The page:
|Boon Island Lighthouse, ME, photo courtesy lighthousefriends.com|
By Marilyn Turk
Thanksgiving is here, and cooks are preparing and planning their family feasts. Most of us gorge ourselves on a variety of favorite dishes served for that special meal. Advertisements featuring platters of golden turkeys surrounded by festive fall decorations have challenged many of us to recreate such delightful settings on our own tables as family and friends gather around in appreciation. But sometimes, Thanksgiving meals are hard to come by. Here’s a story about one such time.
On Thanksgiving Eve, 1888, three lighthouse keepers were marooned at the Boon Island Lighthouse six miles off the coast of Maine. A winter storm raged for three days while Head Keeper William C. Williams and his two assistants stayed in the tower, forced to stay in the top part of the structure while the gale assaulted the remote island.
The135-foot lighthouse shook each time it was pummeled by wind gusts and crashing waves. Meanwhile, the keepers wondered if the storm would ever end, if the tower would stand firm, and if they would survive.
|Boon Island Lighthouse, ME, photo National Archives|
Thanksgiving looked bleak and lonely. With their families back on the mainland, there would be no annual celebration or bountiful Thanksgiving feast. Stranded on the island, the keepers watched their provisions diminish, unable to leave to go buy more. There’d be no turkey, just boiled potatoes and bread . . . again.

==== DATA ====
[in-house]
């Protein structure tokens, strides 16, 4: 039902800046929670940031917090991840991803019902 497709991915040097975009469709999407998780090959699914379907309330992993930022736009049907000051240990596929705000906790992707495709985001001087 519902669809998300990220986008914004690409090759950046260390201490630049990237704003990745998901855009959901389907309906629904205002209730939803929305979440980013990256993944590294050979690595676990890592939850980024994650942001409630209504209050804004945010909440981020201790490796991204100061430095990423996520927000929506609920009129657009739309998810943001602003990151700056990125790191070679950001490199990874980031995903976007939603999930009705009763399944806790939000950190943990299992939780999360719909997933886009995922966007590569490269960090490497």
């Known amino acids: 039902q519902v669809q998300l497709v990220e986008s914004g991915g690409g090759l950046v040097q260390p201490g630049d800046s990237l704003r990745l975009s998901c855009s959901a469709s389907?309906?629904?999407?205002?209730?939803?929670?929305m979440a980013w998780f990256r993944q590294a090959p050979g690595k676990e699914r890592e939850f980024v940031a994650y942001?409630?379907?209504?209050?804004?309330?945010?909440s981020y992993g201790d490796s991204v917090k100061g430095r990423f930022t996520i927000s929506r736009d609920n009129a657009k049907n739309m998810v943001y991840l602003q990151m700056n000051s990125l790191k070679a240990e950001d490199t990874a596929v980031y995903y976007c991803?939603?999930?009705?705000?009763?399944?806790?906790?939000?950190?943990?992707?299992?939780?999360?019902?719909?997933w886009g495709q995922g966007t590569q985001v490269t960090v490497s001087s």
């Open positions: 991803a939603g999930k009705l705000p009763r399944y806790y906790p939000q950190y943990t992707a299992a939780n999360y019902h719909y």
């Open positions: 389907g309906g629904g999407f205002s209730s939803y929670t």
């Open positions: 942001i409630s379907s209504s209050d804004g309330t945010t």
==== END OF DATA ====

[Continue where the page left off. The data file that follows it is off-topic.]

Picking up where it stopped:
A sudden, thunderous noise resounded throughout the tower as an object crashed into the lighthouse. Was it another boulder, loosened by the raging storm? Hoping the lantern windows had not been broken, Keeper Williams went up to check.
There, lying on the galley surrounding the lantern room, were eight black ducks, dead from striking the glass.
The next day, as calm returned to the sea, the three lighthouse keepers sat down for Thanksgiving dinner and gave thanks for keeping them safe through the storm and for the duck dinner God had supplied.
As you look forward to your own Thanksgiving meal this year, remember those who are not as blessed, and perhaps even invite someone who doesn’t have such bounty to share your meal.
May God richly bless you this Thanksgiving.
Marilyn Turk loves to study history, especially that of lighthouses and the coast of the United States. She is the author of Rebel Light, a Civil War love story, A Gilded Curse, a historical suspense novel set in 1942, and Lighthouse Devotions - 52 Inspiring Lighthouse Stories, based on her popular lighthouse blog. (@ http://pathwayheart.com)
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|Painting by Norman Rockwell|